An Independent Electoral Commission engaged the services of a lawyer to represent the commission for litigation purposes as such counsel learns confidential information. Before this engagement, counsel had represented the adverse party in a similar capacity but did not disclose the same to the commission bearing in mind that one of the commission’s codes of conduct upon engagement, is that counsel must not have represented an adverse party around the country.

Legal Tips drew the attention of the colleague to the provision in the Rules of Professional Conduct that states that counsel must not accept any engagement if it is likely to be adversely affecting the representation. In Nigeria, Part B of the RULES OF PROFESSIONAL CONDUCT FOR LEGAL PRACTITIONERS, 2007 regulates conflict of interest. Rule 17(4) states as follows:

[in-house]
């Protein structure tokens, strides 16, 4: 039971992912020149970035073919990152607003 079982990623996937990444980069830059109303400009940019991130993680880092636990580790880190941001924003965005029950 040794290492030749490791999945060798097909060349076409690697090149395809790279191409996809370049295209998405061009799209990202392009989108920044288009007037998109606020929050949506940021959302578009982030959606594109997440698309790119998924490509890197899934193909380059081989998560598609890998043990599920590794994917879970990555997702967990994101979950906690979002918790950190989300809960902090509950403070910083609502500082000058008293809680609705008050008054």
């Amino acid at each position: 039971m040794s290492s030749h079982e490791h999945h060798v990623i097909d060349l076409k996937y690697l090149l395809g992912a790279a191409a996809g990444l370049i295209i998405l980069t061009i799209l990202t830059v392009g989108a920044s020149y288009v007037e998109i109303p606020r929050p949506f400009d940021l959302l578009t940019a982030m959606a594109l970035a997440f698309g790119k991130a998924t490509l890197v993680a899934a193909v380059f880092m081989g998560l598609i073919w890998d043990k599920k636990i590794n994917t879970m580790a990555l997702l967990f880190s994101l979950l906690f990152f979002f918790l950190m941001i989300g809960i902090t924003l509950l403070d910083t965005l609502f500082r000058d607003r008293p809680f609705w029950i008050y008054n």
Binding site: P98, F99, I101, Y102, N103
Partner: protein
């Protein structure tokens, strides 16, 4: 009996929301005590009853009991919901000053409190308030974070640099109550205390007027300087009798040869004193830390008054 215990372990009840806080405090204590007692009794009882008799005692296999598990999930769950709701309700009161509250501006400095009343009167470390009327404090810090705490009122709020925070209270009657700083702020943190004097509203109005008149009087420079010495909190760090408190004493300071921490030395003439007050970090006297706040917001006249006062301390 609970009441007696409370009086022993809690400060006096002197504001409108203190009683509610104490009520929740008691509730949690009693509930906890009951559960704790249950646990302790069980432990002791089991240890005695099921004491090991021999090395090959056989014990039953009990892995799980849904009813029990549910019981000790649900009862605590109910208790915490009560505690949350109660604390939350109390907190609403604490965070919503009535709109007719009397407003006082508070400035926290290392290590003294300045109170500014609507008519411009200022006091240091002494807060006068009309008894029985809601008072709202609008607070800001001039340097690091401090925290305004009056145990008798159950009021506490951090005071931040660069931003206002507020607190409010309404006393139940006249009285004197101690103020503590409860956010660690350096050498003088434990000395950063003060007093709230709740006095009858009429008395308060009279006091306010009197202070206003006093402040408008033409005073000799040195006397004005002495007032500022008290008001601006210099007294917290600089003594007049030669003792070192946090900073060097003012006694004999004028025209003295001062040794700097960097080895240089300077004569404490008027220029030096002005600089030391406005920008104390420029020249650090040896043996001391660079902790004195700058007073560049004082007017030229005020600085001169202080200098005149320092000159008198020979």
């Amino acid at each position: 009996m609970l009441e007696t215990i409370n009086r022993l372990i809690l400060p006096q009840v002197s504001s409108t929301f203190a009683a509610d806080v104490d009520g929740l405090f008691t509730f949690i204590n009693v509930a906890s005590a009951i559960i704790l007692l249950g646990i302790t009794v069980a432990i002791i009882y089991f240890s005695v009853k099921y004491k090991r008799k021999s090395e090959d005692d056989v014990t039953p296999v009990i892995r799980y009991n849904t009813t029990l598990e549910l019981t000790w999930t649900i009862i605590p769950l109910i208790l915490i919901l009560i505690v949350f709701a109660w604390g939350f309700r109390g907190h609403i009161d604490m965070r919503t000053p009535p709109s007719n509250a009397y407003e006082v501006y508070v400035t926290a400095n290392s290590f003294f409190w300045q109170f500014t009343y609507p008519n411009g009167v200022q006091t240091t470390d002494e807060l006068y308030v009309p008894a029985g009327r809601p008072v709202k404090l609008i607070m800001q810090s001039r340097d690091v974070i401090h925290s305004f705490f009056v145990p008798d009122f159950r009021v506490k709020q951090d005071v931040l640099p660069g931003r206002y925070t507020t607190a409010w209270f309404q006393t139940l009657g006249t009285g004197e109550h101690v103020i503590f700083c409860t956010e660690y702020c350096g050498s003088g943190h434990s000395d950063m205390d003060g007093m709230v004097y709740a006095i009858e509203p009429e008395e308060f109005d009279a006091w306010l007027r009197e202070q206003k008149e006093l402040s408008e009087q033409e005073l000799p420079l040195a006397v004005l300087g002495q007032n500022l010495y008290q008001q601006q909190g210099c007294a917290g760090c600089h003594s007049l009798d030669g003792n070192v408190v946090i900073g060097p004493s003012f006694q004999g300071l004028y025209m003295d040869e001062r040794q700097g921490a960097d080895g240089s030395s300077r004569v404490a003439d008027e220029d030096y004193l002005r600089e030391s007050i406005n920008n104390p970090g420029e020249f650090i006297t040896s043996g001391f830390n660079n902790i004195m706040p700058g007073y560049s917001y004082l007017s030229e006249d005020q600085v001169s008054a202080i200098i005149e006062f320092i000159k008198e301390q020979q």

(1) A lawyer shall not accept a proffered employment if the exercise of his independent professional judgment on behalf of a client will be or is likely to be adversely affected by the acceptance of the proffered employment, or if it is likely to involve him in representing differing interests, unless it is obvious that the lawyer can adequately represent the interest of each, and each consents to the representation after full disclosure of the possible effect of such representing on the exercise of his independent professional judgment on behalf of each.
The imperative for counsel to emphatically specify areas of conflict of interest to clients cannot be overemphasized.

LEGALTIPS is anchored by Ms CIA Ofoegbunam, an Abuja-based lawyer who is passionate about legal practice.

LEGALTIPS offers quick hints on substantive law, as well as rules of practice and procedure, and serves as a handy reference guide to lawyers, especially in court.

Published on a weekly basis, the LEGALTIPS Series is CIA’s modest contribution to legal development in Nigeria.

Leave a Reply

Your email address will not be published. Required fields are marked *